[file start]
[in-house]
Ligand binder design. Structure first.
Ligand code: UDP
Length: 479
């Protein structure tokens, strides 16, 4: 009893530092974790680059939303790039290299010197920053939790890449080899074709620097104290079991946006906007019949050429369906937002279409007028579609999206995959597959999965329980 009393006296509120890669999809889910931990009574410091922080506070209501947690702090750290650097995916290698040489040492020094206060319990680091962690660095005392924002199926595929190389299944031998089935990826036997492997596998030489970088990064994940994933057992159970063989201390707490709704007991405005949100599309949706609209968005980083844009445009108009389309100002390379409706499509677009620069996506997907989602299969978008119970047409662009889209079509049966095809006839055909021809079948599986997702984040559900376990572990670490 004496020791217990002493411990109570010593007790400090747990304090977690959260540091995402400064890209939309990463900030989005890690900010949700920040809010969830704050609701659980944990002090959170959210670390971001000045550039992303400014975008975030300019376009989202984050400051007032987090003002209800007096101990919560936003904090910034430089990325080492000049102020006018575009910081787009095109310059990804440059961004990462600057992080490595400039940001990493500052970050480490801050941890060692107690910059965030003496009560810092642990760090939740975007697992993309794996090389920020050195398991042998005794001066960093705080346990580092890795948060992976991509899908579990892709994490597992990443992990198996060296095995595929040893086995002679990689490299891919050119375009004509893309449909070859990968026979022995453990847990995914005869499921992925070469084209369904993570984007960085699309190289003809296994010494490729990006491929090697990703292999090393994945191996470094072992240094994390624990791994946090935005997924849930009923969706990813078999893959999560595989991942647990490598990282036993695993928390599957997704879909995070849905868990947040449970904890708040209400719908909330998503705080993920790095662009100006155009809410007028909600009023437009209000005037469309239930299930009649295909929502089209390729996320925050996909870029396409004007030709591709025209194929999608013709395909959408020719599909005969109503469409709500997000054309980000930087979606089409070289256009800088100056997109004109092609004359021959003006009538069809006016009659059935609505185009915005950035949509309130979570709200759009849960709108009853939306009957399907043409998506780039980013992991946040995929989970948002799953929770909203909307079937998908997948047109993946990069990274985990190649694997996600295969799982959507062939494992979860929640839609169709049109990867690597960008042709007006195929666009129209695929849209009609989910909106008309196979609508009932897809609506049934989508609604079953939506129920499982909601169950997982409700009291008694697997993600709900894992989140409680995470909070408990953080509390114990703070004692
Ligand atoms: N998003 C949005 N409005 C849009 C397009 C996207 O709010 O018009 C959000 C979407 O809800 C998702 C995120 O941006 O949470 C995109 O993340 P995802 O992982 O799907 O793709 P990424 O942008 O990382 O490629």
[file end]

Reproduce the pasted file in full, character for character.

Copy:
[in-house]
Ligand binder design. Structure first.
Ligand code: UDP
Length: 479
């Protein structure tokens, strides 16, 4: 009893530092974790680059939303790039290299010197920053939790890449080899074709620097104290079991946006906007019949050429369906937002279409007028579609999206995959597959999965329980 009393006296509120890669999809889910931990009574410091922080506070209501947690702090750290650097995916290698040489040492020094206060319990680091962690660095005392924002199926595929190389299944031998089935990826036997492997596998030489970088990064994940994933057992159970063989201390707490709704007991405005949100599309949706609209968005980083844009445009108009389309100002390379409706499509677009620069996506997907989602299969978008119970047409662009889209079509049966095809006839055909021809079948599986997702984040559900376990572990670490 004496020791217990002493411990109570010593007790400090747990304090977690959260540091995402400064890209939309990463900030989005890690900010949700920040809010969830704050609701659980944990002090959170959210670390971001000045550039992303400014975008975030300019376009989202984050400051007032987090003002209800007096101990919560936003904090910034430089990325080492000049102020006018575009910081787009095109310059990804440059961004990462600057992080490595400039940001990493500052970050480490801050941890060692107690910059965030003496009560810092642990760090939740975007697992993309794996090389920020050195398991042998005794001066960093705080346990580092890795948060992976991509899908579990892709994490597992990443992990198996060296095995595929040893086995002679990689490299891919050119375009004509893309449909070859990968026979022995453990847990995914005869499921992925070469084209369904993570984007960085699309190289003809296994010494490729990006491929090697990703292999090393994945191996470094072992240094994390624990791994946090935005997924849930009923969706990813078999893959999560595989991942647990490598990282036993695993928390599957997704879909995070849905868990947040449970904890708040209400719908909330998503705080993920790095662009100006155009809410007028909600009023437009209000005037469309239930299930009649295909929502089209390729996320925050996909870029396409004007030709591709025209194929999608013709395909959408020719599909005969109503469409709500997000054309980000930087979606089409070289256009800088100056997109004109092609004359021959003006009538069809006016009659059935609505185009915005950035949509309130979570709200759009849960709108009853939306009957399907043409998506780039980013992991946040995929989970948002799953929770909203909307079937998908997948047109993946990069990274985990190649694997996600295969799982959507062939494992979860929640839609169709049109990867690597960008042709007006195929666009129209695929849209009609989910909106008309196979609508009932897809609506049934989508609604079953939506129920499982909601169950997982409700009291008694697997993600709900894992989140409680995470909070408990953080509390114990703070004692
Ligand atoms: N998003 C949005 N409005 C849009 C397009 C996207 O709010 O018009 C959000 C979407 O809800 C998702 C995120 O941006 O949470 C995109 O993340 P995802 O992982 O799907 O793709 P990424 O942008 O990382 O490629």